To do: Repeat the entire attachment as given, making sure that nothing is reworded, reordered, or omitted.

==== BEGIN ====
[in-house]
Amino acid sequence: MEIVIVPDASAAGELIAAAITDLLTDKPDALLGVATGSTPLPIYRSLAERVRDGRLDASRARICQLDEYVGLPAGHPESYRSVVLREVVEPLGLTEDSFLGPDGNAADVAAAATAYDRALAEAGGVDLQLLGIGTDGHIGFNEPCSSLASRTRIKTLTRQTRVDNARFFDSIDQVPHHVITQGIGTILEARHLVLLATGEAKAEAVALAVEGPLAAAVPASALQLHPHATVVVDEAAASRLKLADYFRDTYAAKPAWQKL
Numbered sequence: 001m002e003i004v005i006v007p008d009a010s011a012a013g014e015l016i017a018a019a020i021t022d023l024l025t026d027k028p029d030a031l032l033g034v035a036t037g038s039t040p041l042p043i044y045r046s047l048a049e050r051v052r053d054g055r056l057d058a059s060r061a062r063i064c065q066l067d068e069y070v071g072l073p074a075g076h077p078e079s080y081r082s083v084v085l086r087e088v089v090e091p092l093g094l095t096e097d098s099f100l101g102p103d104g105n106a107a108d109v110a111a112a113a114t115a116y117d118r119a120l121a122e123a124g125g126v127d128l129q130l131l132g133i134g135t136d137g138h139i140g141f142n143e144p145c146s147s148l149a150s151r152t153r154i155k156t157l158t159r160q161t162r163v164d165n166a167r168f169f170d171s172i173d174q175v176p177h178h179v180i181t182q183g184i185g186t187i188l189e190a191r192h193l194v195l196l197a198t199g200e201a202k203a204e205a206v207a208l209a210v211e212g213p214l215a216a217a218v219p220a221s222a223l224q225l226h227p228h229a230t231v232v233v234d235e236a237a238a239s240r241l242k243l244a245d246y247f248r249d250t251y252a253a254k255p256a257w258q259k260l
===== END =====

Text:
[in-house]
Amino acid sequence: MEIVIVPDASAAGELIAAAITDLLTDKPDALLGVATGSTPLPIYRSLAERVRDGRLDASRARICQLDEYVGLPAGHPESYRSVVLREVVEPLGLTEDSFLGPDGNAADVAAAATAYDRALAEAGGVDLQLLGIGTDGHIGFNEPCSSLASRTRIKTLTRQTRVDNARFFDSIDQVPHHVITQGIGTILEARHLVLLATGEAKAEAVALAVEGPLAAAVPASALQLHPHATVVVDEAAASRLKLADYFRDTYAAKPAWQKL
Numbered sequence: 001m002e003i004v005i006v007p008d009a010s011a012a013g014e015l016i017a018a019a020i021t022d023l024l025t026d027k028p029d030a031l032l033g034v035a036t037g038s039t040p041l042p043i044y045r046s047l048a049e050r051v052r053d054g055r056l057d058a059s060r061a062r063i064c065q066l067d068e069y070v071g072l073p074a075g076h077p078e079s080y081r082s083v084v085l086r087e088v089v090e091p092l093g094l095t096e097d098s099f100l101g102p103d104g105n106a107a108d109v110a111a112a113a114t115a116y117d118r119a120l121a122e123a124g125g126v127d128l129q130l131l132g133i134g135t136d137g138h139i140g141f142n143e144p145c146s147s148l149a150s151r152t153r154i155k156t157l158t159r160q161t162r163v164d165n166a167r168f169f170d171s172i173d174q175v176p177h178h179v180i181t182q183g184i185g186t187i188l189e190a191r192h193l194v195l196l197a198t199g200e201a202k203a204e205a206v207a208l209a210v211e212g213p214l215a216a217a218v219p220a221s222a223l224q225l226h227p228h229a230t231v232v233v234d235e236a237a238a239s240r241l242k243l244a245d246y247f248r249d250t251y252a253a254k255p256a257w258q259k260l